Sex differences in attainment of independent funding by career development awardees.


Journal Article

BACKGROUND: Concerns have been raised about the career pipeline in academic medicine, including whether women with a demonstrated commitment to research succeed at the same rate as male colleagues. OBJECTIVE: To determine the subsequent academic success of recipients of National Institutes of Health (NIH) career development awards. SETTING: United States. PARTICIPANTS: 2784 of 2799 (99.5%) recipients of K08 and K23 awards for whom sex could be ascertained from the NIH Computer Retrieval of Information on Scientific Projects database and other publicly available sources. MEASUREMENTS: Actuarial rates at which recipients of K08 and K23 awards from 1997 to 2003 went on to receive R01 awards. Sex-specific rates of R01 award attainment were calculated by using the Kaplan-Meier method, and sex differences were assessed by using a Cox proportional hazards model. RESULTS: Overall, 31.4% of the 1919 K08 awardees and 43.7% of the 865 K23 awardees were female (P < 0.001). Women were less likely than men to receive an R01 award (P < 0.001). The actuarial rate of R01 award attainment at 5 years was 22.7% overall, 18.8% among women, and 24.8% among men. At 10 years, the rate was 42.5% overall, 36.2% among women, and 45.6% among men. Sex persisted as an independent significant predictor of R01 award attainment (hazard ratio, 0.79 [95% CI, 0.68 to 0.92]; P = 0.002) in multivariate analysis controlling for K award type, year of award, funding institute, institution, and specialty. LIMITATION: Whether the lower rate of R01 award achievement among women is due to lower rates of application or lower rates of success in application could not be determined. CONCLUSION: Only a minority of K awardees studied achieved R01 award funding during the period assessed, and a significant sex disparity was evident.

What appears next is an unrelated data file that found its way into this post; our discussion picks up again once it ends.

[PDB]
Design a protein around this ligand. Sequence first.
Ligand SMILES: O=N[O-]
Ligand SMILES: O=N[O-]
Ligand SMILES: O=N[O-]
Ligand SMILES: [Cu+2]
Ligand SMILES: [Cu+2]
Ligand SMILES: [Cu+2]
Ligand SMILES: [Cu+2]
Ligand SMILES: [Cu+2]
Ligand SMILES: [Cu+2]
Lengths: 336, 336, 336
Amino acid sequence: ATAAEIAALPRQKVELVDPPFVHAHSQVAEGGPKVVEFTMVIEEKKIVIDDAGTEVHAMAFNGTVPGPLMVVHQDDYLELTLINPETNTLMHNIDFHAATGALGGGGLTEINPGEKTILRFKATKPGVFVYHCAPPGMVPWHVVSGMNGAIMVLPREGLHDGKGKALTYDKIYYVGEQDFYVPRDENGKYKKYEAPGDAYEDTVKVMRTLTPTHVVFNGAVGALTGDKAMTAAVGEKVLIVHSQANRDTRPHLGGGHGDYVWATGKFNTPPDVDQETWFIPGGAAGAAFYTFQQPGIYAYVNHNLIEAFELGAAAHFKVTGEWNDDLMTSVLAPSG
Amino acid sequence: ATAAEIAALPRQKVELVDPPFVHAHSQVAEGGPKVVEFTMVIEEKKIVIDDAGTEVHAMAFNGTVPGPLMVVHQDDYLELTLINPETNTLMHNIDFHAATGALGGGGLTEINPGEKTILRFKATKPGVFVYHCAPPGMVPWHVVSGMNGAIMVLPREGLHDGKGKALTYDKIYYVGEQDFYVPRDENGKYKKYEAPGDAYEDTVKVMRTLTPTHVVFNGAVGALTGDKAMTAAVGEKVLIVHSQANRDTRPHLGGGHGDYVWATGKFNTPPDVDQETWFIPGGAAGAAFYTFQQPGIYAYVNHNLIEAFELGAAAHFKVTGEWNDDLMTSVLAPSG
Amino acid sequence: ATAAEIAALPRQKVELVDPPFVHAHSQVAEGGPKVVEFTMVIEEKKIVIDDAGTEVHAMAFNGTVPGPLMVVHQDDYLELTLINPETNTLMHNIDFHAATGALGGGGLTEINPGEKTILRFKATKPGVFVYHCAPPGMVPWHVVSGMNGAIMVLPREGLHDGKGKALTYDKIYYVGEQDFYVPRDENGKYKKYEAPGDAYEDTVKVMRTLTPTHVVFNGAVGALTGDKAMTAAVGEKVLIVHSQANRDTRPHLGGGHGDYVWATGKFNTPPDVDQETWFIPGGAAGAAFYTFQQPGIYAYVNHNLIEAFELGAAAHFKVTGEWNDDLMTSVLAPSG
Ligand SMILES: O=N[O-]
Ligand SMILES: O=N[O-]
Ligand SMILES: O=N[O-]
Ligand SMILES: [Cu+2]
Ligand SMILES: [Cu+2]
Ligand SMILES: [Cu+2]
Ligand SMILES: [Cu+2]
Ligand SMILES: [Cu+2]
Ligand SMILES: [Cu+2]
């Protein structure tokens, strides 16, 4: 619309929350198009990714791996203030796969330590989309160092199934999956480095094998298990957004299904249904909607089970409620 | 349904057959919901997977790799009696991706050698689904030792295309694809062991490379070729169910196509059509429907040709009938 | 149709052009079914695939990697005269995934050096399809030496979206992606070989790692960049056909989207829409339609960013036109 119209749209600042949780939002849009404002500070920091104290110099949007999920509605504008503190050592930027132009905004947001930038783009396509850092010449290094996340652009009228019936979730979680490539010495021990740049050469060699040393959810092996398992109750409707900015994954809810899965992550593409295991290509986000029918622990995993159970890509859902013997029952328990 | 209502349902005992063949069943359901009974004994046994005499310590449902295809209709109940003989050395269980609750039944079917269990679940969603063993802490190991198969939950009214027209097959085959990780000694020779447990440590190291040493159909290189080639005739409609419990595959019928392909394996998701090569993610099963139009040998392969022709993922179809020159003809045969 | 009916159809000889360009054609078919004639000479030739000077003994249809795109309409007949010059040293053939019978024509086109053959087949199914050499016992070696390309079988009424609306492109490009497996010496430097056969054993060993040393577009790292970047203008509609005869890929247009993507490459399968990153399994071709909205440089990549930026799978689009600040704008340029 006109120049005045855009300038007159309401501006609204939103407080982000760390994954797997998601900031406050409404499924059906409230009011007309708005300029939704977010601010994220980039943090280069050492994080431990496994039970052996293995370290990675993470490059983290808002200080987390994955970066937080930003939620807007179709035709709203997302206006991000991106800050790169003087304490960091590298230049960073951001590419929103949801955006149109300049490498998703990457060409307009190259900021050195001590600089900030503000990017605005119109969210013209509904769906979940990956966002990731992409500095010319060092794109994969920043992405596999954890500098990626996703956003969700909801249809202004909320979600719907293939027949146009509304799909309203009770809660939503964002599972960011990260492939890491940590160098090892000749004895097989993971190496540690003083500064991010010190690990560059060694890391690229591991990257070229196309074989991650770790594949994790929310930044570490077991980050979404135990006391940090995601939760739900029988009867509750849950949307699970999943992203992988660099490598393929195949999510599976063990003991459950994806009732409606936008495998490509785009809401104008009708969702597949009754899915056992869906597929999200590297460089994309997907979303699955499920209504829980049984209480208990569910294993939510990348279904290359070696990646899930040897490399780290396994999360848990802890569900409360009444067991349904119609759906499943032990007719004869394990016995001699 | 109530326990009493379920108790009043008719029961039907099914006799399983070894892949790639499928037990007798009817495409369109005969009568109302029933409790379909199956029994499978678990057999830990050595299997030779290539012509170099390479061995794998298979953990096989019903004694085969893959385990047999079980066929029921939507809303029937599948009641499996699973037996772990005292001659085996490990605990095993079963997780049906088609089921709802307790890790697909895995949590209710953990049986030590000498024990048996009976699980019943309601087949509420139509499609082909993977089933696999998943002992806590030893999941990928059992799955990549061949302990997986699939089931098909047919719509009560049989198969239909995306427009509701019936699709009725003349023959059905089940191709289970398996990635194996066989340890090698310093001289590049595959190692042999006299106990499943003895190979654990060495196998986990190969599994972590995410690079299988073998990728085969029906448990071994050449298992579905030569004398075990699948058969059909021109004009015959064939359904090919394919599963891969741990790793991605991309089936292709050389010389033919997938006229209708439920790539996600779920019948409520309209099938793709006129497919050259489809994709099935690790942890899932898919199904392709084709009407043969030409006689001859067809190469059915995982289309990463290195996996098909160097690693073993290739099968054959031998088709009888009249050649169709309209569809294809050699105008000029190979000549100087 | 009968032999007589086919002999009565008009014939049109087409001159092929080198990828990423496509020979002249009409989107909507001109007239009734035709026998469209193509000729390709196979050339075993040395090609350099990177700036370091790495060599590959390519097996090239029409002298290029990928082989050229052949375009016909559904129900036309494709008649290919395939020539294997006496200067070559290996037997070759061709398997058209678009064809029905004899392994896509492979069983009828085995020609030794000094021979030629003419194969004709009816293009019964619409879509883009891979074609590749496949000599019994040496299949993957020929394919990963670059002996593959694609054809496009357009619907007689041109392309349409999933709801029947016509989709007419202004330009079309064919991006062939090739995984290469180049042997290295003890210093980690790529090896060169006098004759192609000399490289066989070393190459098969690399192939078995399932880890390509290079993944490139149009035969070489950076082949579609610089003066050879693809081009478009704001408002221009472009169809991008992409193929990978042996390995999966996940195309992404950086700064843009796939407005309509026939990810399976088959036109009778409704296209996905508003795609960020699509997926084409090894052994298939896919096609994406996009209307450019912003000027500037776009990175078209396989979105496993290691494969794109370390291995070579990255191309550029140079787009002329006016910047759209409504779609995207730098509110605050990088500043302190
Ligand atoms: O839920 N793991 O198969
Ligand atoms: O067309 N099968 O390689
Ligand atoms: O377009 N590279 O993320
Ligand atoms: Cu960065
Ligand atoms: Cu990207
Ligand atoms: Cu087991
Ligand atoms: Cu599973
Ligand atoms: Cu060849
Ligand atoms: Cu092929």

Full Text

Duke Authors

Cited Authors

  • Jagsi, R; Motomura, AR; Griffith, KA; Rangarajan, S; Ubel, PA

Published Date

  • December 2009

Published In

Volume / Issue

  • 151 / 11

Start / End Page

  • 804 - 811

PubMed ID

  • 19949146

Pubmed Central ID

  • 19949146

Electronic International Standard Serial Number (EISSN)

  • 1539-3704

International Standard Serial Number (ISSN)

  • 0003-4819

Digital Object Identifier (DOI)

  • 10.7326/0003-4819-151-11-200912010-00009


  • eng